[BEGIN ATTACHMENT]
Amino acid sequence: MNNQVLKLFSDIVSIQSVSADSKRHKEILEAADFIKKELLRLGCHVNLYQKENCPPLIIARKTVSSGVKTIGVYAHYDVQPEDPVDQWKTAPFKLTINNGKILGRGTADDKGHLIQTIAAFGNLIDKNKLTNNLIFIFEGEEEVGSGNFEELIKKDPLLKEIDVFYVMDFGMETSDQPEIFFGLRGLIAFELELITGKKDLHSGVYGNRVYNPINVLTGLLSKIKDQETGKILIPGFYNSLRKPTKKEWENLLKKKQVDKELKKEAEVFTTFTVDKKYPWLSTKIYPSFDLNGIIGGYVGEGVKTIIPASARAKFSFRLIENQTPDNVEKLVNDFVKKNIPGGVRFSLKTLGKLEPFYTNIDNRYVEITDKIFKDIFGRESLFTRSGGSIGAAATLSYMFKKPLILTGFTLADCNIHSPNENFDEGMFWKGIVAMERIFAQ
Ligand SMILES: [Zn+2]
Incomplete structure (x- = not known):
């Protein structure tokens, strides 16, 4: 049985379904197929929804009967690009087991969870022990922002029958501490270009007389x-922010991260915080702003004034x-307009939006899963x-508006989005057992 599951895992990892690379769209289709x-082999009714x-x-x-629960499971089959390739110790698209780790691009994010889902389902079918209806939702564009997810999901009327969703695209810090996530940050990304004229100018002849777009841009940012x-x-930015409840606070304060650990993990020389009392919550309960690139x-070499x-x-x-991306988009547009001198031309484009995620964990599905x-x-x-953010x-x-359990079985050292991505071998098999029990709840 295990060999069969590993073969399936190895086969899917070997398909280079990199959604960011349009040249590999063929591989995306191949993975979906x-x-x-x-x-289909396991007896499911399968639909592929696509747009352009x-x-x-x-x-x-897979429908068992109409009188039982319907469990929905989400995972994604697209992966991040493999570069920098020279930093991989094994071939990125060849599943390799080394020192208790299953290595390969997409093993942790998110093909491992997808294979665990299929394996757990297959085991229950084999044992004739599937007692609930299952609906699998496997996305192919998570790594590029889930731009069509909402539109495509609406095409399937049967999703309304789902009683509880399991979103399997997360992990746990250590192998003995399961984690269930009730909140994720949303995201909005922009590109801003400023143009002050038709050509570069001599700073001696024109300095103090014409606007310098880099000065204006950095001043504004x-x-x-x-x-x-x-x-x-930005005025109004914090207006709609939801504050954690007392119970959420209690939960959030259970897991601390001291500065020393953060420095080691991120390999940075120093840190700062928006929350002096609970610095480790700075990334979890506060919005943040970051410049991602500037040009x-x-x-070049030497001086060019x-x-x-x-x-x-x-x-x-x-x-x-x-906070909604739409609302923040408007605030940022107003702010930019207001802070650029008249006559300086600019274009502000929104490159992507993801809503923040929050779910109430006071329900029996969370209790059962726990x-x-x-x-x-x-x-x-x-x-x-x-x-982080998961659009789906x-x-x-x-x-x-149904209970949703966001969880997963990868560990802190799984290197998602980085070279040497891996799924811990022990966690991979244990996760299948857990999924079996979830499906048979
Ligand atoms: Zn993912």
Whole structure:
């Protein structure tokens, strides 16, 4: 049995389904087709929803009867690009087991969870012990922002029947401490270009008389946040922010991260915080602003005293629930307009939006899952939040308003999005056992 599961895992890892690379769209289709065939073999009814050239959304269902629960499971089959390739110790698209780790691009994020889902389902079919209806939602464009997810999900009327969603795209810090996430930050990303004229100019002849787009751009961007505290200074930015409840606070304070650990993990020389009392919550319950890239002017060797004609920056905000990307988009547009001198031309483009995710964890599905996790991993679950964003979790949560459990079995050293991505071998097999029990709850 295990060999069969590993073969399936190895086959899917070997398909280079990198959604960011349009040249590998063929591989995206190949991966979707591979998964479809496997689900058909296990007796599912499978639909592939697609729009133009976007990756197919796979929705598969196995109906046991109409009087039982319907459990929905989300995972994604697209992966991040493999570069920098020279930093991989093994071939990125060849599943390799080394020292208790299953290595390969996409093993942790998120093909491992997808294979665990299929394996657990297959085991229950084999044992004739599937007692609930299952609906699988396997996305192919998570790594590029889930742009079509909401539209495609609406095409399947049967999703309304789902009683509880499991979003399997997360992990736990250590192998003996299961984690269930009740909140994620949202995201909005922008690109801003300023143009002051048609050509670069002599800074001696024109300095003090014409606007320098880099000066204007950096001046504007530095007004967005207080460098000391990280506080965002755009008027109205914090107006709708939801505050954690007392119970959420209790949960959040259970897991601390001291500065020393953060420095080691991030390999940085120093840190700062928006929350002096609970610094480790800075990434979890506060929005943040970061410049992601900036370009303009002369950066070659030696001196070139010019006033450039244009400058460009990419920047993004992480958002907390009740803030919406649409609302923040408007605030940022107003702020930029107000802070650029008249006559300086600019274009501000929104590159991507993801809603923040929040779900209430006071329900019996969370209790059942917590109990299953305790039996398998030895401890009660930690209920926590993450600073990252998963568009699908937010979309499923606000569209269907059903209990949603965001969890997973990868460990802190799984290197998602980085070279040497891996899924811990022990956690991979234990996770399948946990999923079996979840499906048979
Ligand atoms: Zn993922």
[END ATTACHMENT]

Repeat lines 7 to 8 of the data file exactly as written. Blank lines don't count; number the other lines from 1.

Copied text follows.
């Protein structure tokens, strides 16, 4: 049995389904087709929803009867690009087991969870012990922002029947401490270009008389946040922010991260915080602003005293629930307009939006899952939040308003999005056992 599961895992890892690379769209289709065939073999009814050239959304269902629960499971089959390739110790698209780790691009994020889902389902079919209806939602464009997810999900009327969603795209810090996430930050990303004229100019002849787009751009961007505290200074930015409840606070304070650990993990020389009392919550319950890239002017060797004609920056905000990307988009547009001198031309483009995710964890599905996790991993679950964003979790949560459990079995050293991505071998097999029990709850 295990060999069969590993073969399936190895086959899917070997398909280079990198959604960011349009040249590998063929591989995206190949991966979707591979998964479809496997689900058909296990007796599912499978639909592939697609729009133009976007990756197919796979929705598969196995109906046991109409009087039982319907459990929905989300995972994604697209992966991040493999570069920098020279930093991989093994071939990125060849599943390799080394020292208790299953290595390969996409093993942790998120093909491992997808294979665990299929394996657990297959085991229950084999044992004739599937007692609930299952609906699988396997996305192919998570790594590029889930742009079509909401539209495609609406095409399947049967999703309304789902009683509880499991979003399997997360992990736990250590192998003996299961984690269930009740909140994620949202995201909005922008690109801003300023143009002051048609050509670069002599800074001696024109300095003090014409606007320098880099000066204007950096001046504007530095007004967005207080460098000391990280506080965002755009008027109205914090107006709708939801505050954690007392119970959420209790949960959040259970897991601390001291500065020393953060420095080691991030390999940085120093840190700062928006929350002096609970610094480790800075990434979890506060929005943040970061410049992601900036370009303009002369950066070659030696001196070139010019006033450039244009400058460009990419920047993004992480958002907390009740803030919406649409609302923040408007605030940022107003702020930029107000802070650029008249006559300086600019274009501000929104590159991507993801809603923040929040779900209430006071329900019996969370209790059942917590109990299953305790039996398998030895401890009660930690209920926590993450600073990252998963568009699908937010979309499923606000569209269907059903209990949603965001969890997973990868460990802190799984290197998602980085070279040497891996899924811990022990956690991979234990996770399948946990999923079996979840499906048979
Ligand atoms: Zn993922």